"He starts at their beginning with a weighty introduction that looks at fossils dating back to the dinosaurs, the structure of feathers and the evolution of birds. From there on, the remaining chapters are captivating natural history, arranged in neatly named sections: "fluff", how feathers keep birds warm and dry; "flight", how they take to the sky; "fancy", the myriad beauty of feathers for sexual selection in birds and decoration for humans; and "function", how feather structure can inform new technologies.
"Thor ends with a plea to protect endangered species and threatened ecosystems. Though he accepts that all feather fanatics and readers will not be "die-hard birders" like himself, he urges them at least to be bird advocates so that future generations can admire and learn from the species. It is difficult to disagree."
2011 Summer Interns
Ashley Briese and Greg Bishop, both 3rd year veterinary students are SeaDoc's summer interns for 2011. Ashley is at Oregon State University and Greg is at UC Davis.
Their primary responsibility is to help SeaDoc and the Whale Museum coordinate response to marine mammal strandings in San Juan County, but they've also got their hands in a lot of other projects. Ashley is analyzing years of marine mammal parasite data collected from years of stranded marine mammals, and Greg is working to try to tag 100% of the harbor seal pups that strand.
And in the department of hidden talents, we've recently discovered that Greg has starred in spoof music videos as part of the UC Davis VetMed hip hop group, "Wet Lab." We've put Greg in charge of the Summer 2011 SeaDoc office rap video. Watch for it...
SeaDoc in the News
Joe Gaydos was quoted in the June issue of Canadian Geographic magazine.
The issue was devoted to "Protecting Our Water." Joe provided background information on the naming of the Salish Sea and the importance of cross-border collaboration.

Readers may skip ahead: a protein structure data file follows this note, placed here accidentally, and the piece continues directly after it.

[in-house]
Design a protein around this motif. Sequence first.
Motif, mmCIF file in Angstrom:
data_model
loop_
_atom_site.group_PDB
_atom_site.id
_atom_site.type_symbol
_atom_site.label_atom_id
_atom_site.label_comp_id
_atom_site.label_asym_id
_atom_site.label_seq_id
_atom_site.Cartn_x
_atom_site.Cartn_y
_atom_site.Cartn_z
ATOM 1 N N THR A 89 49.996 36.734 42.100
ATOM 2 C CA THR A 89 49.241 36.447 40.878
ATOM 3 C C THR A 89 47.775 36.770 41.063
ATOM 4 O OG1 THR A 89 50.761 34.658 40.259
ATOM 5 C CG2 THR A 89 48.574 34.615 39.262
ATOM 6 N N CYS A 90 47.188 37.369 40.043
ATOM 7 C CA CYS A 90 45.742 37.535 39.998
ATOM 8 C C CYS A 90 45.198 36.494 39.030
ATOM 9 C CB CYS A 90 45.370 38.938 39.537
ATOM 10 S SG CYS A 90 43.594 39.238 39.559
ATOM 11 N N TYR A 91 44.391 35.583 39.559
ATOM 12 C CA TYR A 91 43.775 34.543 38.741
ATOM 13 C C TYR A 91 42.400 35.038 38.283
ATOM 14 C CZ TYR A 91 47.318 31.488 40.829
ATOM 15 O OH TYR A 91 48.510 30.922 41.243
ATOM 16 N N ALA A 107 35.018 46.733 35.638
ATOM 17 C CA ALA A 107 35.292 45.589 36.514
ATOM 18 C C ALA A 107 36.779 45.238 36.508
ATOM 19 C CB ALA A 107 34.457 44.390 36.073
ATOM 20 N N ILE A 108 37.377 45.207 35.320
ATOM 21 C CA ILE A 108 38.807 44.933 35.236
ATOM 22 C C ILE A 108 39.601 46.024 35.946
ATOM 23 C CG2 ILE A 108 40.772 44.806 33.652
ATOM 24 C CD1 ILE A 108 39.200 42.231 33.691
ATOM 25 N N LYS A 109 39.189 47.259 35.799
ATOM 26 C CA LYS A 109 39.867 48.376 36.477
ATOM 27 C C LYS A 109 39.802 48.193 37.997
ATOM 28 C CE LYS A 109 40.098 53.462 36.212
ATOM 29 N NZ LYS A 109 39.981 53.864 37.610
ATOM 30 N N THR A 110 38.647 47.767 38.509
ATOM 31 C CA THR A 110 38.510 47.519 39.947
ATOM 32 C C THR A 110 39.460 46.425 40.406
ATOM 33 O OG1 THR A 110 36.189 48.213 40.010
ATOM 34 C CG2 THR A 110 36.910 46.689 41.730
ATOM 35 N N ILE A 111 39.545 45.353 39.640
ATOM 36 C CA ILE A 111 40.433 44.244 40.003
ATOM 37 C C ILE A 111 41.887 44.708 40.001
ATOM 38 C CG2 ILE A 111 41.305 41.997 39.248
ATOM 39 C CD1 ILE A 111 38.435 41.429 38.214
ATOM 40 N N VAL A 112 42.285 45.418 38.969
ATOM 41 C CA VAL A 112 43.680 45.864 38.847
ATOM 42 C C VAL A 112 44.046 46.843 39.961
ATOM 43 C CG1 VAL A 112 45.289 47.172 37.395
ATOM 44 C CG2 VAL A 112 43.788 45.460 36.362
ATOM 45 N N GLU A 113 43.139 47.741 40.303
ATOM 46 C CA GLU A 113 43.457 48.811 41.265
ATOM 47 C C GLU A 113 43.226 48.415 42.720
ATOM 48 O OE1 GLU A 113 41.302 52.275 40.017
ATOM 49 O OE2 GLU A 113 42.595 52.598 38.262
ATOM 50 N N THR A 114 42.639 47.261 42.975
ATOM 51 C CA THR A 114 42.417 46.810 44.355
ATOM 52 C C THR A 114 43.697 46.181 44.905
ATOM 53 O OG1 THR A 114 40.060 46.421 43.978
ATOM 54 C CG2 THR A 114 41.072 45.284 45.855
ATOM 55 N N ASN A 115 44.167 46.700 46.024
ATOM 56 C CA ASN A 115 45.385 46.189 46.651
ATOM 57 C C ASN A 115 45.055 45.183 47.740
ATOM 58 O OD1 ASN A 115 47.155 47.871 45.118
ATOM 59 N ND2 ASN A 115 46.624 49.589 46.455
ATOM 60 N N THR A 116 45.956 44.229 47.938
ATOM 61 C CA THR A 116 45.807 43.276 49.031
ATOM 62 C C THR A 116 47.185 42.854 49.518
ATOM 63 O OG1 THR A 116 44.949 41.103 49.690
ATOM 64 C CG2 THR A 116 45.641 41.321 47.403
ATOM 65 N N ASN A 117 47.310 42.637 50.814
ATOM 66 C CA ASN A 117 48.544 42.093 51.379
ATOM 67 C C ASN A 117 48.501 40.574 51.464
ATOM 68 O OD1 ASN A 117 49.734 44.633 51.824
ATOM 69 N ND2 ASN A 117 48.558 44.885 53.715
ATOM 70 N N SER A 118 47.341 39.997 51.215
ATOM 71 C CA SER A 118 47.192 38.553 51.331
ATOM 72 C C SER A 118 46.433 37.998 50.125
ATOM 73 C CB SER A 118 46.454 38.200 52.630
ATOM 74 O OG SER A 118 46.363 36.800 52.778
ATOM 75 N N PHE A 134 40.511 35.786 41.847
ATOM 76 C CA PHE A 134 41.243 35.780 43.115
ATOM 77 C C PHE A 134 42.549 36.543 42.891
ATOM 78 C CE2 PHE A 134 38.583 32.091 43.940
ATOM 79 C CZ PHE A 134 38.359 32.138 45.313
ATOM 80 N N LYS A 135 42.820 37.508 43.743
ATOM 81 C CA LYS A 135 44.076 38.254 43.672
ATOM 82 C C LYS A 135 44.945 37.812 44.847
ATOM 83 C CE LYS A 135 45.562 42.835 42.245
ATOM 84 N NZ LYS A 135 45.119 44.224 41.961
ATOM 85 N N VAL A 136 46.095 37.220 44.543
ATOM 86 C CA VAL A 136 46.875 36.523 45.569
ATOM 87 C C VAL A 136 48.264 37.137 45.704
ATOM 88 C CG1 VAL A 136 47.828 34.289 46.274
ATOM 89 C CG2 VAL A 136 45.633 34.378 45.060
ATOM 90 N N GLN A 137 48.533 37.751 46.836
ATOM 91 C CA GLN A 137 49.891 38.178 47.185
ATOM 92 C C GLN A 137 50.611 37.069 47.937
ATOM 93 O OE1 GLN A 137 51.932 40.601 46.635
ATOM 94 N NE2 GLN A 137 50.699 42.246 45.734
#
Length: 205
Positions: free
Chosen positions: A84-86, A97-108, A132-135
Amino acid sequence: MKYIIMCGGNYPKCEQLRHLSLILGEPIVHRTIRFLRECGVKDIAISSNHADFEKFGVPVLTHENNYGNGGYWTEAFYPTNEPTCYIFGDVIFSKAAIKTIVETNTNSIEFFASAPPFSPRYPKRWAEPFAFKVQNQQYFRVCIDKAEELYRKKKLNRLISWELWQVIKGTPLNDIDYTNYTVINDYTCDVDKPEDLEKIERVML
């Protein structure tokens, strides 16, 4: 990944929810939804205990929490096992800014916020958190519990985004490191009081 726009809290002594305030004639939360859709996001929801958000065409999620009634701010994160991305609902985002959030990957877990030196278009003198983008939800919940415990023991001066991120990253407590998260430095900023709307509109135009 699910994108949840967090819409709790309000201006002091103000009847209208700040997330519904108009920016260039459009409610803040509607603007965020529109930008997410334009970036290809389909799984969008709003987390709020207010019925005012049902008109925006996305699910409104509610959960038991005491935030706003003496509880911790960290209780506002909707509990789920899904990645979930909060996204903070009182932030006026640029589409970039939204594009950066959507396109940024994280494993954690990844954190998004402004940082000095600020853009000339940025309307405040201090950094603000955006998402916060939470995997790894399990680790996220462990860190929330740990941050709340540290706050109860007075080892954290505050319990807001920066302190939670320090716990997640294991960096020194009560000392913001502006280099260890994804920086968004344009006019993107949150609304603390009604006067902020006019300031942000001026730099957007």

From the article: "Having one name makes people feel united," says Joe Gaydos, chief scientist for the SeaDoc Society, a non-profit marine science group that has used the name for several years and facilitates scientific collaborations and information sharing in the region.
Read the article here.
On this side of the border, the Seattle Times picked up our recent Wildlife Post on the comprehensive list of birds and mammals that use the Salish Sea for their Field Notes northwest nature blog.
"If you want to restore an ecosystem, it's really important to know what is there, or what has been there historically," said Joe Gaydos, SeaDoc's Orcas Island-based regional director.
Science writer Sandi Doughton brought in great examples like the connection between intertidal beavers and juvenile salmon, and she gave SeaDoc a great plug at the end of the article.
Read the post here.
The Salish Sea Ecosystem Conference (formerly the Puget Sound/Georgia Basin Research Conference) is on October 25-27 in Vancouver. It's the largest and most comprehensive scientific research and policy conference in the region. SeaDoc has frequently presented at the conference, and we are a Bronze Sponsor this year. More information.